Suh's appeal was lowest in the league. Only 19% of those polled liked him. That's hardly surprising, given all his off-field brushes with the law, and over-the-line infractions on the field.
Highest? Pittsburgh Steelers safety Troy Polamalu, at 63%.
The rest of the most-disliked bottom 10, from bottom up:
Chicago quarterback Jay Cutler (21%), Philadelphia quarterback Michael Vick (23%), San Francisco wide receiver Randy Moss (24%), backup Oakland quarterback Matt Leinart (26%), backup Dallas quarterback Kyle Orton (27%), starting Dallas quarterback Tony Romo (27%), New York Jets wideout Santonio Holmes (28%), Jets quarterback Mark Sanchez (31%) and Kansas City quarterback Brady Quinn (31%).
The rest of the most-liked Top 10:
New Orleans quarterback Drew Brees (62%), Green Bay safety Charles Woodson (62%), Denver quarterback Peyton Manning (59%), Green Bay quarterback Aaron Rodgers (58%), New England tight end Rob Gronkowski (58%), Washington quarterback Robert Griffin III (57%), Chicago linebacker Brian Urlacher (57%), Green Bay wideout Donald Driver (57%) and Detroit quarterback Matthew Stafford (56%).
COWBOYS STUB TOE WITH LOSS OF LEE
If you are your NFL team's best defender, you might want to hire personal bodyguards -- on the field, if possible.
Seems they're jinxed by injuries this season.
Dallas Cowboys head coach Jason Garrett announced Wednesday the team has placed its top defender, linebacker Sean Lee, on injured reserve, meaning he's done for the year.
An MRI revealed Lee suffered ligament damage to his right big toe in a 19-14 win at Carolina on Sunday. He'll have surgery next week.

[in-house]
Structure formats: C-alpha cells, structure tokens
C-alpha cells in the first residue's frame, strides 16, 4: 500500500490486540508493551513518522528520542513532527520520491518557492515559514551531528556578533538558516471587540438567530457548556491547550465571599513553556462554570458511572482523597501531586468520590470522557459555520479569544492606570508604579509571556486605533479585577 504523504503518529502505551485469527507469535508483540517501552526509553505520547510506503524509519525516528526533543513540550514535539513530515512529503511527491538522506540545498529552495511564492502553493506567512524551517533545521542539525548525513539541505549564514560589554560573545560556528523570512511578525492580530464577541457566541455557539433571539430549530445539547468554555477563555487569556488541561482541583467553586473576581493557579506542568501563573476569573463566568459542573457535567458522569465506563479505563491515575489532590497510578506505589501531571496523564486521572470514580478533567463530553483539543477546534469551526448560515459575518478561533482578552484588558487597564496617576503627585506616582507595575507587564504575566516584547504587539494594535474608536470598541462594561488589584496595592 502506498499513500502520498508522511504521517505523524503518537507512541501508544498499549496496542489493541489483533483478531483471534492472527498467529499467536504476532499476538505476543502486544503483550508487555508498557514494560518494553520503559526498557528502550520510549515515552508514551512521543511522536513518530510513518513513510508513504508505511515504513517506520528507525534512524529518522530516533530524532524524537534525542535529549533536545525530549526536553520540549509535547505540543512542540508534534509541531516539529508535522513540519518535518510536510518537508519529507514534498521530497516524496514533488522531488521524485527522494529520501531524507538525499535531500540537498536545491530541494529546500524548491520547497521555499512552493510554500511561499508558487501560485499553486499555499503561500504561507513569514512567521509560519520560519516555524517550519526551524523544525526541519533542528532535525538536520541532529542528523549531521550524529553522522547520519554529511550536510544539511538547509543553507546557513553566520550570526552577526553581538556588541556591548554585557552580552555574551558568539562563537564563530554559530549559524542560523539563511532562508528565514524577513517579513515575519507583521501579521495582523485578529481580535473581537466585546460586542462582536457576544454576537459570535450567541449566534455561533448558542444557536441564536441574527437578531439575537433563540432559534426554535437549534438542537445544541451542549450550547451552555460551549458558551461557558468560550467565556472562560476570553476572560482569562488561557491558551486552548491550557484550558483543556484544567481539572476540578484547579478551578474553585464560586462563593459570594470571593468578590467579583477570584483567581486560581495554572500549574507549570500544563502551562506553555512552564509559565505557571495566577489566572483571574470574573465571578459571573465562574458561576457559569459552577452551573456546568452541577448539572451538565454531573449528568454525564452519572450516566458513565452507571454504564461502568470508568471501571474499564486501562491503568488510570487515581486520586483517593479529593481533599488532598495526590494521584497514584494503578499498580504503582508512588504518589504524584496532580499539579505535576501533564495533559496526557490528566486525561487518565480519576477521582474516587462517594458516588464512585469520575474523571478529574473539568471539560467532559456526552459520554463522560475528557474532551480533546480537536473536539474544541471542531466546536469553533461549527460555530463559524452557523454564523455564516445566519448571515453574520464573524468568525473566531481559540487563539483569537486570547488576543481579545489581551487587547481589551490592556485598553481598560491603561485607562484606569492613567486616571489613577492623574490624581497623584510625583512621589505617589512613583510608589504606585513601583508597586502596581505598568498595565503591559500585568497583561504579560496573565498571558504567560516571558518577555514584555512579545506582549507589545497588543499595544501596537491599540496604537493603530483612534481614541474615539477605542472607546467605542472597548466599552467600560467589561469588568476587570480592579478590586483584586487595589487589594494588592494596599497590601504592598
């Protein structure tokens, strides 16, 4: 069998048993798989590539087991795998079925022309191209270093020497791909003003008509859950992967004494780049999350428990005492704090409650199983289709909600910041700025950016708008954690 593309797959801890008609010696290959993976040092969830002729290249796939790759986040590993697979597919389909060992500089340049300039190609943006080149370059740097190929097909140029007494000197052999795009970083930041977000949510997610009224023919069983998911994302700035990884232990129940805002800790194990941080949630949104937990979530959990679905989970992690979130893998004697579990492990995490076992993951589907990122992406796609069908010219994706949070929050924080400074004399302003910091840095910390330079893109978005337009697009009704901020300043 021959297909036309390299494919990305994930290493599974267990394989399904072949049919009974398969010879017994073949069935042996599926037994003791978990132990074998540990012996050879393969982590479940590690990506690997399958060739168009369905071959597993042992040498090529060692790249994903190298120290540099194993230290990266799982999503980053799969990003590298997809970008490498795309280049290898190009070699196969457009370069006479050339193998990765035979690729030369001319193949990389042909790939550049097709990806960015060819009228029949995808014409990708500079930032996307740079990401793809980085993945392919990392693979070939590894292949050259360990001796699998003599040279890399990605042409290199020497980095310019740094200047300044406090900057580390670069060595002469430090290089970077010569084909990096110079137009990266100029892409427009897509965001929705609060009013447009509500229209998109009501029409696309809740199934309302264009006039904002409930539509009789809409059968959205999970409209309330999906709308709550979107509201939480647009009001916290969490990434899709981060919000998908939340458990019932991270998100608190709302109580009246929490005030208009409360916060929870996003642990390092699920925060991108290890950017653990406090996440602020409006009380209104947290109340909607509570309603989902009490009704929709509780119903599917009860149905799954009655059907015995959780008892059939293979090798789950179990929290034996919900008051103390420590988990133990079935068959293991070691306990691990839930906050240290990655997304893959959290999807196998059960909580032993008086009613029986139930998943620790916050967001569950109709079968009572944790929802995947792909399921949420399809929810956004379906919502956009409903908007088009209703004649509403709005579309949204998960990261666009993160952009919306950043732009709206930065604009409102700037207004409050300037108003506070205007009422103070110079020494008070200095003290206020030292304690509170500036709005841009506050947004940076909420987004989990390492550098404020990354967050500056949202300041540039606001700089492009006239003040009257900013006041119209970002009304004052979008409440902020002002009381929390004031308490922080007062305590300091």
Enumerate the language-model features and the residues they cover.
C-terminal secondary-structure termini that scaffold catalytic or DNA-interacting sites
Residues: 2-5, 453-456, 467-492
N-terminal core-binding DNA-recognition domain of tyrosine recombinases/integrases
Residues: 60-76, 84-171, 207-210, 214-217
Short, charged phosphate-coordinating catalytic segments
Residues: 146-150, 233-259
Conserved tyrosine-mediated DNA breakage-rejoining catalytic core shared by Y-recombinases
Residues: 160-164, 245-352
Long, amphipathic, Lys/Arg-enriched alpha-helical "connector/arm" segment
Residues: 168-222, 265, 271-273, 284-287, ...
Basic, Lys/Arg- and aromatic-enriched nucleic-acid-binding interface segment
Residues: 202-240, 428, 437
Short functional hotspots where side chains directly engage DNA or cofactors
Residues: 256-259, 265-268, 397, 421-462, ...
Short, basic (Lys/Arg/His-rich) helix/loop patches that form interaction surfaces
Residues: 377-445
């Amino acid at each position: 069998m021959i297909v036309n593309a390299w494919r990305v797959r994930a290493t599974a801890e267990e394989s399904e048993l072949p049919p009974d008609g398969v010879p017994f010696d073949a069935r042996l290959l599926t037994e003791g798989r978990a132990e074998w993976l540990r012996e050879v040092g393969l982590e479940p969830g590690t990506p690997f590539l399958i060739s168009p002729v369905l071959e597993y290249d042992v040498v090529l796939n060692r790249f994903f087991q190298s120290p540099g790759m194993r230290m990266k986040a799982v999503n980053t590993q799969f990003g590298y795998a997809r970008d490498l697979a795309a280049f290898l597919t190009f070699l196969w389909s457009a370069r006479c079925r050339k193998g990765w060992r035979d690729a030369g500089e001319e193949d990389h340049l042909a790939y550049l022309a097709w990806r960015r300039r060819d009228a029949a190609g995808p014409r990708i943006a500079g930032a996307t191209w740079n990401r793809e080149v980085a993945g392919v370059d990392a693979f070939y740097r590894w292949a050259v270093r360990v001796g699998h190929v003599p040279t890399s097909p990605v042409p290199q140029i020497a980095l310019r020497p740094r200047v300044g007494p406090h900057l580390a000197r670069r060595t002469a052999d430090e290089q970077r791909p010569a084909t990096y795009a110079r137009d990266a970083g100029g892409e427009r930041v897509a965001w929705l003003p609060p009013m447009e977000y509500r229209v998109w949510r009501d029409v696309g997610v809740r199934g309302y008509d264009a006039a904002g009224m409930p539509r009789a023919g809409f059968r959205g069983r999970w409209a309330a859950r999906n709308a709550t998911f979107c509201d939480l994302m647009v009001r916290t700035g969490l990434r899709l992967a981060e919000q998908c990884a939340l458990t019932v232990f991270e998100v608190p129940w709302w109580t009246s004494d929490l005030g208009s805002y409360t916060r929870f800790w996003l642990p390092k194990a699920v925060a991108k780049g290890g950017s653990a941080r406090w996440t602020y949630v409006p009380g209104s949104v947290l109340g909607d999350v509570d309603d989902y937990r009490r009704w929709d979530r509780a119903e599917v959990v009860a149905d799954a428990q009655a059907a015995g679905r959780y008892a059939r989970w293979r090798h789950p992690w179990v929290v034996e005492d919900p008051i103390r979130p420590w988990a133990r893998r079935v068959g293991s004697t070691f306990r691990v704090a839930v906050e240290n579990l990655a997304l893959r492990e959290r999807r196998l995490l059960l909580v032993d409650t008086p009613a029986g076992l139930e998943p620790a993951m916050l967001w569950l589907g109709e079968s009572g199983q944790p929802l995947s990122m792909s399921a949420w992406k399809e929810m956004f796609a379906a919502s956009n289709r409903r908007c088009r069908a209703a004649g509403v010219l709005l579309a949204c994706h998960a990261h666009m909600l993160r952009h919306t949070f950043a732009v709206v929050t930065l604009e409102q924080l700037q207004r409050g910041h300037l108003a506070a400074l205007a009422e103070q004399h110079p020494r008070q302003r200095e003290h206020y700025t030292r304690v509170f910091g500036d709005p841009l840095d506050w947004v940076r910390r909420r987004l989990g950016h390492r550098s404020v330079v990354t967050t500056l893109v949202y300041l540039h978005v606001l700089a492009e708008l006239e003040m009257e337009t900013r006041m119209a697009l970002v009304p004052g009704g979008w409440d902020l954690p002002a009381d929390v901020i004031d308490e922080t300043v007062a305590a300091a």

"Sean Lee is an outstanding football player," Garrett said. "I can't tell you how well he's been playing since he's been our starting inside linebacker. He's the leader of our defence. He makes the calls.
"He defends the run, he defends the pass -- he's the bell-cow for us, and the guy (that) everybody on our football team looks up to."
Lee was tied for ninth in the NFL in tackles, with 58.
Other NFL teams that have lost their top defender for the year include the New York Jets (cornerback Darrelle Revis) and the Baltimore Ravens (take your pick: Ray Lewis or Lardarius Webb). The Houston Texans lost their best linebacker, Brian Cushing, two weeks ago.
Compounding the Cowboys' injury woes is that running back DeMarco Murray was still hobbling on crutches with a foot injury and missed Wednesday's practice. It would appear he is unlikely to play in Sunday's big game against NFC East rival New York Giants. Murray's backup, Felix Jones, started against Carolina, but he didn't practise Wednesday either, due to a knee injury.
Cowboys owner/GM Jerry Jones reached deep into his bag of bravado Wednesday and pulled out this asterisk to his continual "We're a Super Bowl contender" pronouncements:
"We've said all along, I think this team has an opportunity to be a contender," Jones told NFL Network's Ian Rapoport, "but the one exception I made was, sitting as we're sitting now health-wise, injury can make a difference and does in the NFL."
PINK FLAGS FOR JETS-DOLPHINS OFFICIALS
The NFL's month-long pink-out reaches a climax on Sunday at MetLife Stadium in East Rutherford, N.J.
Officials will throw pink flags, instead of yellow ones, for all infractions.
For the fourth consecutive October, the NFL has embraced the international breast-cancer awareness campaign, promoted through the adaption of the colour pink.
Players and coaches have worn pink shoes, wrist bands, hats, logos and other such garments as a show of support.
The suggestion for pink penalty flags was suggested to NFL commissioner Roger Goodell by Dante Cano, an 11-year-old Grade 5 student in Marlboro, N.J.
Goodell agreed to Cano's idea, and invited the boy and his family to Sunday's game between the host New York Jets and Miami Dolphins, where they will present the pink penalty flags to officials before the game.
"Sometimes the simplest ideas can be the best," Goodell said.
Hey, maybe the kid has an idea how to end the bounty mess.
Ask him, Roger!